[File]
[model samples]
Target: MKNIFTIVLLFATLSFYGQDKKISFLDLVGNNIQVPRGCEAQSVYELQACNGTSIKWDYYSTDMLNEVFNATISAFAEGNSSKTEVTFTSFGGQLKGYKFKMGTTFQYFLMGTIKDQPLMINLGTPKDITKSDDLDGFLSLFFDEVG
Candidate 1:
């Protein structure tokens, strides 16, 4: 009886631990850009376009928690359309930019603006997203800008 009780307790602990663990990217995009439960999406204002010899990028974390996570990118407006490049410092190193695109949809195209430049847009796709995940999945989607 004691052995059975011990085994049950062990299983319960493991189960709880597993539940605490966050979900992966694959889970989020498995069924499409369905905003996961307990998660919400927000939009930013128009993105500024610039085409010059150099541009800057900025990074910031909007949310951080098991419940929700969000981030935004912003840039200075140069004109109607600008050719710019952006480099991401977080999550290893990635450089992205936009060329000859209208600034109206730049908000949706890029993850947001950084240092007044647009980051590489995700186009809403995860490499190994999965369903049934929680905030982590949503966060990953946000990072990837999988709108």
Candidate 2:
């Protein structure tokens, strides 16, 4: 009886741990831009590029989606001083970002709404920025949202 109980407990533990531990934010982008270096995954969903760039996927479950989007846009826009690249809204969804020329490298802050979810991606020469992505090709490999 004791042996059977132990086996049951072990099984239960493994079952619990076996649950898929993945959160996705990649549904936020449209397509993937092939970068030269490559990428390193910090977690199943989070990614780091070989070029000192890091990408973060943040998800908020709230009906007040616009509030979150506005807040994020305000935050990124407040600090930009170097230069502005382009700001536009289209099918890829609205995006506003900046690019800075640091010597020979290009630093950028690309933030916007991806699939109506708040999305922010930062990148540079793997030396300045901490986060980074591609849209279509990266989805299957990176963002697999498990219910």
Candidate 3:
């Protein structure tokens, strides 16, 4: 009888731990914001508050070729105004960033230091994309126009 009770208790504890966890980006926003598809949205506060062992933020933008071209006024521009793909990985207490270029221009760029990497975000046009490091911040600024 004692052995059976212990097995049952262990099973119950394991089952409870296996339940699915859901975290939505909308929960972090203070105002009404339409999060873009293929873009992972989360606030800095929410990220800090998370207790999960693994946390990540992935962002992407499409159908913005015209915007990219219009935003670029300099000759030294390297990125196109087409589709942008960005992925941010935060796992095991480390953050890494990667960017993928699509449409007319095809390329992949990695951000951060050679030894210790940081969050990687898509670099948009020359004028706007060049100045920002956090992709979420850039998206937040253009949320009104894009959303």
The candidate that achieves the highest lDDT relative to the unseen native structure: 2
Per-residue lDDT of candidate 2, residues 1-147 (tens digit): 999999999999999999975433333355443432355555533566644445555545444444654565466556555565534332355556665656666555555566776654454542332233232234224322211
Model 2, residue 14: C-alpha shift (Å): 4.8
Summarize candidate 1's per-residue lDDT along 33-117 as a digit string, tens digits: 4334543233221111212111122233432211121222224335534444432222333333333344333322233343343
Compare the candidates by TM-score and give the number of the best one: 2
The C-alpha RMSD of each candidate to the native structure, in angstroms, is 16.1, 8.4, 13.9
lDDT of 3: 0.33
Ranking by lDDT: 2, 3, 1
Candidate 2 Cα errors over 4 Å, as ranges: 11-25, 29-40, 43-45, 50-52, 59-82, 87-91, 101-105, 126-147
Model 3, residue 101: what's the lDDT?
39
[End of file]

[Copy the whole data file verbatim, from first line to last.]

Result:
[model samples]
Target: MKNIFTIVLLFATLSFYGQDKKISFLDLVGNNIQVPRGCEAQSVYELQACNGTSIKWDYYSTDMLNEVFNATISAFAEGNSSKTEVTFTSFGGQLKGYKFKMGTTFQYFLMGTIKDQPLMINLGTPKDITKSDDLDGFLSLFFDEVG
Candidate 1:
């Protein structure tokens, strides 16, 4: 009886631990850009376009928690359309930019603006997203800008 009780307790602990663990990217995009439960999406204002010899990028974390996570990118407006490049410092190193695109949809195209430049847009796709995940999945989607 004691052995059975011990085994049950062990299983319960493991189960709880597993539940605490966050979900992966694959889970989020498995069924499409369905905003996961307990998660919400927000939009930013128009993105500024610039085409010059150099541009800057900025990074910031909007949310951080098991419940929700969000981030935004912003840039200075140069004109109607600008050719710019952006480099991401977080999550290893990635450089992205936009060329000859209208600034109206730049908000949706890029993850947001950084240092007044647009980051590489995700186009809403995860490499190994999965369903049934929680905030982590949503966060990953946000990072990837999988709108």
Candidate 2:
């Protein structure tokens, strides 16, 4: 009886741990831009590029989606001083970002709404920025949202 109980407990533990531990934010982008270096995954969903760039996927479950989007846009826009690249809204969804020329490298802050979810991606020469992505090709490999 004791042996059977132990086996049951072990099984239960493994079952619990076996649950898929993945959160996705990649549904936020449209397509993937092939970068030269490559990428390193910090977690199943989070990614780091070989070029000192890091990408973060943040998800908020709230009906007040616009509030979150506005807040994020305000935050990124407040600090930009170097230069502005382009700001536009289209099918890829609205995006506003900046690019800075640091010597020979290009630093950028690309933030916007991806699939109506708040999305922010930062990148540079793997030396300045901490986060980074591609849209279509990266989805299957990176963002697999498990219910």
Candidate 3:
């Protein structure tokens, strides 16, 4: 009888731990914001508050070729105004960033230091994309126009 009770208790504890966890980006926003598809949205506060062992933020933008071209006024521009793909990985207490270029221009760029990497975000046009490091911040600024 004692052995059976212990097995049952262990099973119950394991089952409870296996339940699915859901975290939505909308929960972090203070105002009404339409999060873009293929873009992972989360606030800095929410990220800090998370207790999960693994946390990540992935962002992407499409159908913005015209915007990219219009935003670029300099000759030294390297990125196109087409589709942008960005992925941010935060796992095991480390953050890494990667960017993928699509449409007319095809390329992949990695951000951060050679030894210790940081969050990687898509670099948009020359004028706007060049100045920002956090992709979420850039998206937040253009949320009104894009959303």
The candidate that achieves the highest lDDT relative to the unseen native structure: 2
Per-residue lDDT of candidate 2, residues 1-147 (tens digit): 999999999999999999975433333355443432355555533566644445555545444444654565466556555565534332355556665656666555555566776654454542332233232234224322211
Model 2, residue 14: C-alpha shift (Å): 4.8
Summarize candidate 1's per-residue lDDT along 33-117 as a digit string, tens digits: 4334543233221111212111122233432211121222224335534444432222333333333344333322233343343
Compare the candidates by TM-score and give the number of the best one: 2
The C-alpha RMSD of each candidate to the native structure, in angstroms, is 16.1, 8.4, 13.9
lDDT of 3: 0.33
Ranking by lDDT: 2, 3, 1
Candidate 2 Cα errors over 4 Å, as ranges: 11-25, 29-40, 43-45, 50-52, 59-82, 87-91, 101-105, 126-147
Model 3, residue 101: what's the lDDT?
39